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Speech Therapy?

Posted by on Aug. 22, 2012 at 11:06 AM
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My DD is 4 1/2. According to her pedi, she needs speech therapy. I'll admit she does not speak clearly. It may be our fault because we have always said 'her' words back to her instead of the correct word. Such as, she says nakey instead of naked. So now everyone in our home says nakey. LOL. We all just thought it was cute so we didn't 'correct' it. Her pedi is pretty much saying it's our fault and that she now needs therapy. She had 65 errors on her assesment test. We understand 95% of what she says. Sometimes we have to ask her to repeat herself and she will. If we still don't understand, she gets frustrated and gives us some type of description of the word she was trying to say. Like, for example, if she were to say 'octopus' and we didn't understand her, she would say something like 'you know, it lives in the water and has lots of legs!'.

She has been to one of her speech classes. They are twice a week for 30 mins each. She liked it the first time and was excited. Today, she does not want to go. I asked her why and she said at first because she doesn't think they will let her wear her swimsuit that I told her she could wear. I assured her she could. Then she said because her teacher won't let her play with some type of sandwich toy. I told her we could talk to the therapist and find out why. She said ok then.

I am sorry this is long and all over the place. I guess my question is, should I make her go? Does she really need it?

We do lots of things at home. We talk to her, we read to her, she watches tv. Is that enough?

by on Aug. 22, 2012 at 11:06 AM
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LindaClement
by Group Owner on Aug. 22, 2012 at 12:05 PM

I think your pedi is ... speaking outside your pedi's field and should probably stick to the subjects she has actually qualified on for her licence.

Why was she assessed?

If she can speak clearly enough to be understood, and she's progressing in her abilities (and I suggest that you use real words around her, because that kind of thing is 'cute' for a 4yo, and obnoxious in a 9yo --who will not thank you when she finds out why people think she's stupid)... she has all of what she 'needs' to learn to speak correctly. Now she just needs to live in an environment of correct speech, and she'll catch on very quickly.

Yes, that is enough... but you will have to repeat back to her what she's trying to say 'correctly' (without emotion, just 'oh, you mean you want the yellow octopus...') so she gets lots of reinforcement for how it really is.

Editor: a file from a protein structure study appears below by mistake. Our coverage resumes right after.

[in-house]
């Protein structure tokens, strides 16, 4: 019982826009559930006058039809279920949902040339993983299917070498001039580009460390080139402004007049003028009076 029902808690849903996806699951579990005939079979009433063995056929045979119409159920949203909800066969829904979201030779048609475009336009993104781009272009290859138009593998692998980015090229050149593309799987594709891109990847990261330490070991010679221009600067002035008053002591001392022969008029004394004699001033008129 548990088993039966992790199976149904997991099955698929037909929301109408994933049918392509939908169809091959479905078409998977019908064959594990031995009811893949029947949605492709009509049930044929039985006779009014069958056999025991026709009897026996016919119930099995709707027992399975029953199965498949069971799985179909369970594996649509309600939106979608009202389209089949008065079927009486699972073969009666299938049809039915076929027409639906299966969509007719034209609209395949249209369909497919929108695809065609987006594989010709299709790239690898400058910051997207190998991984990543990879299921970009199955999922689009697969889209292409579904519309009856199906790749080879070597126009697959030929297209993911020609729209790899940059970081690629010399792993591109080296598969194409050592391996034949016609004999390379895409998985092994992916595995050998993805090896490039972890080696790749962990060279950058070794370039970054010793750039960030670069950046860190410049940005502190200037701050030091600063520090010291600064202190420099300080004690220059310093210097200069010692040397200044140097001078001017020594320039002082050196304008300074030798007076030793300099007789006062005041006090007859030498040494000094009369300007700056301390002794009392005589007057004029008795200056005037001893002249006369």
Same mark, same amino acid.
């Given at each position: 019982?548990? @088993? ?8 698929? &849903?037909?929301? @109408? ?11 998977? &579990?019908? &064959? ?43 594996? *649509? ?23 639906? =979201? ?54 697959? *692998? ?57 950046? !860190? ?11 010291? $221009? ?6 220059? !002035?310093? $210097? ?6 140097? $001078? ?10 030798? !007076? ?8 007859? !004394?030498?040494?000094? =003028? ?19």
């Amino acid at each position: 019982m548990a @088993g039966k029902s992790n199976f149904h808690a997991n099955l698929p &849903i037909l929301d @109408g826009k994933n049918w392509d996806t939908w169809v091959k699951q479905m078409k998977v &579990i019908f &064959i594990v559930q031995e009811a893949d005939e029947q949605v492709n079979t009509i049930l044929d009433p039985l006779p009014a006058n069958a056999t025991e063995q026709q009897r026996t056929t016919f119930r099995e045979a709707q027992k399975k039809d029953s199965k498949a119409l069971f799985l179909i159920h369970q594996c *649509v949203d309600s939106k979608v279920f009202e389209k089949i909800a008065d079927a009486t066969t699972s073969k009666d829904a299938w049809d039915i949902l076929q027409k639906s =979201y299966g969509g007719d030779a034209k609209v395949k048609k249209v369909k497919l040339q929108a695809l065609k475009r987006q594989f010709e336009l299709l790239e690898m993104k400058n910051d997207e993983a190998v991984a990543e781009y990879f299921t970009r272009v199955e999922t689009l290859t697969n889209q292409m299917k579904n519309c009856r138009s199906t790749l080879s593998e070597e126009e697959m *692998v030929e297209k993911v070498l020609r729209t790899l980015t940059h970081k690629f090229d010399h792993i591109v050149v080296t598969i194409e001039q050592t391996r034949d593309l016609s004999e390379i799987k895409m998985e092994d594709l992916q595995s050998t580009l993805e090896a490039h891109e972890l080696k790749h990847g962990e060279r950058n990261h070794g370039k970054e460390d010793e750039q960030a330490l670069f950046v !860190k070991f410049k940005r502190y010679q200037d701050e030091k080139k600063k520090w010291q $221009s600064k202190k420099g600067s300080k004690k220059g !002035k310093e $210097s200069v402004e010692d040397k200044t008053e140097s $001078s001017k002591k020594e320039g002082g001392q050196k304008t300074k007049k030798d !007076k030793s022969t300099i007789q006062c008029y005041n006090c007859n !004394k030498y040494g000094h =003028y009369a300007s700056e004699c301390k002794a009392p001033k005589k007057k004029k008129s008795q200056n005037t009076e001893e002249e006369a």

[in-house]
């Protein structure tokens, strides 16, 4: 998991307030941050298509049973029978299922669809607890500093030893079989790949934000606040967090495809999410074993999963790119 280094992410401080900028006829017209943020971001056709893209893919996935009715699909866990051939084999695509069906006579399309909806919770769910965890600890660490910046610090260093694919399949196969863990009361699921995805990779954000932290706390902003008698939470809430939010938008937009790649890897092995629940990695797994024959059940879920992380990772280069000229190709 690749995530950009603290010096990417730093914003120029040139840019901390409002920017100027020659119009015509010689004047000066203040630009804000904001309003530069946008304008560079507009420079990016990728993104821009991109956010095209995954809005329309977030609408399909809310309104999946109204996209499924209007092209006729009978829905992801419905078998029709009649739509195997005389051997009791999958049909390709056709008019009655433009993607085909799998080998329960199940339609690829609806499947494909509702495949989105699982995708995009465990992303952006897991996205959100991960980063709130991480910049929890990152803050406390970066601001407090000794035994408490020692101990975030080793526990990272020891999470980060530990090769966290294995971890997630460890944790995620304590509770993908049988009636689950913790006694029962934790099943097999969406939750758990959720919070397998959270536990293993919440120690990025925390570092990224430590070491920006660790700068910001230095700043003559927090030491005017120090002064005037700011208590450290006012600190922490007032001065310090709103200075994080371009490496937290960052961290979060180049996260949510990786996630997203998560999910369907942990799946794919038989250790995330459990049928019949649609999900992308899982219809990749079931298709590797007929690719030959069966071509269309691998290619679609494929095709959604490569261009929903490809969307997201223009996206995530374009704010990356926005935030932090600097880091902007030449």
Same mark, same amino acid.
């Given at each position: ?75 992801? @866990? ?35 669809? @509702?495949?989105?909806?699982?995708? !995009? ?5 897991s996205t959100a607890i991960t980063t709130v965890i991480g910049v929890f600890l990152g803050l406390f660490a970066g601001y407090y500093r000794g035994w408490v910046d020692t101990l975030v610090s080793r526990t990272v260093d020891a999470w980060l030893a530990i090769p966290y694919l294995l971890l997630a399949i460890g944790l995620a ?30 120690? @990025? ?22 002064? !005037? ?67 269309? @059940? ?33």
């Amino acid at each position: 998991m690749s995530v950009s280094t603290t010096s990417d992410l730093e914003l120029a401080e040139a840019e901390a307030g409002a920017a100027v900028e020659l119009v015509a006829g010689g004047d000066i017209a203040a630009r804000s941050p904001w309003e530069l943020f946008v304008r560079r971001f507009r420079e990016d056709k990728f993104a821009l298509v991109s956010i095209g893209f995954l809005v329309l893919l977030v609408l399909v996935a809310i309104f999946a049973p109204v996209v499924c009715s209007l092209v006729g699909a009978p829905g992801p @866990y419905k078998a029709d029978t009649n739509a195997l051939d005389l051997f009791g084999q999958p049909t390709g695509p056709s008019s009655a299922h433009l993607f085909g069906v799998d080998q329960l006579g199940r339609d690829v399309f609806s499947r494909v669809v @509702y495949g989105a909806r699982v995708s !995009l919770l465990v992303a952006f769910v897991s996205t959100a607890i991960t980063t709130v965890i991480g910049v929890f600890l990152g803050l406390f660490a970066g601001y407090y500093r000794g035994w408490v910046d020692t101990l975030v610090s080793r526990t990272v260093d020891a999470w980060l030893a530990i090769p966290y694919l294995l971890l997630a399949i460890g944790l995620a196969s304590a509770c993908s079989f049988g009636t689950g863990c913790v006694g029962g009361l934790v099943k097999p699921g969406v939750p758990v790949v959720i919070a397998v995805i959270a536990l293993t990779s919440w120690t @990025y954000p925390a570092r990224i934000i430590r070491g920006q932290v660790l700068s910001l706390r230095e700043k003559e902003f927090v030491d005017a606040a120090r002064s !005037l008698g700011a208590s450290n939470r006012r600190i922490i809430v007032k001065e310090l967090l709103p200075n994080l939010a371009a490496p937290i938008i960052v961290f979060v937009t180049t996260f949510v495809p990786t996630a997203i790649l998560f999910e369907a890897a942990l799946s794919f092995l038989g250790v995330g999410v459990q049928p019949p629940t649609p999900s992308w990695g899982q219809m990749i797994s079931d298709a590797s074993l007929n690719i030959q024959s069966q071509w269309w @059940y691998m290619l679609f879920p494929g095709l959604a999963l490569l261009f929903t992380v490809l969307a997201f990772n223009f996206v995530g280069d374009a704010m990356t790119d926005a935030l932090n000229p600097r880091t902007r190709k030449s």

I had a friend who was very disappointed that we hadn't made up a whole new language, so our kids thought red meant car and up meant food, etc... wacky sense of humour, that guy has!

supermom2xlb
by Member on Aug. 22, 2012 at 2:01 PM

She was assessed because at her 4 year well visit the pedi said he felt she didn't speak properly. So he sent her in for an assesement. I really don't like her going. The therapists seem nice enough but all they do is have her repeat words the whole time she's in there. I can do that at home. But I didn't want to feel like I was doing DD some type of disservice by not bringing her.

As far as the cute language goes...yeah, I know it probably wasn't our best idea. But she is our baby, probably the last, unless by some miracle I can convince SO that a fifth baby would be great....that's probably not gonna happen!I do tend to 'baby' her a lot.

I am going to try to work with her myself and see how it goes. I mostly just hate sending her some place she really doesn't want to go!

Quoting LindaClement:

I think your pedi is ... speaking outside your pedi's field and should probably stick to the subjects she has actually qualified on for her licence.

Why was she assessed?

If she can speak clearly enough to be understood, and she's progressing in her abilities (and I suggest that you use real words around her, because that kind of thing is 'cute' for a 4yo, and obnoxious in a 9yo --who will not thank you when she finds out why people think she's stupid)... she has all of what she 'needs' to learn to speak correctly. Now she just needs to live in an environment of correct speech, and she'll catch on very quickly.

Yes, that is enough... but you will have to repeat back to her what she's trying to say 'correctly' (without emotion, just 'oh, you mean you want the yellow octopus...') so she gets lots of reinforcement for how it really is.

I had a friend who was very disappointed that we hadn't made up a whole new language, so our kids thought red meant car and up meant food, etc... wacky sense of humour, that guy has!


LindaClement
by Group Owner on Aug. 22, 2012 at 2:27 PM

I think I probably would have nodded and smiled at that 'properly' thing and done my own research. 

I suspect it's going that would be a disservice at this point... just keep in mind that it's important to enunciate clearly for kids to learn to speak clearly.

Later, you (or all of you) might like to take voice lessons... if you're interested in singing. :D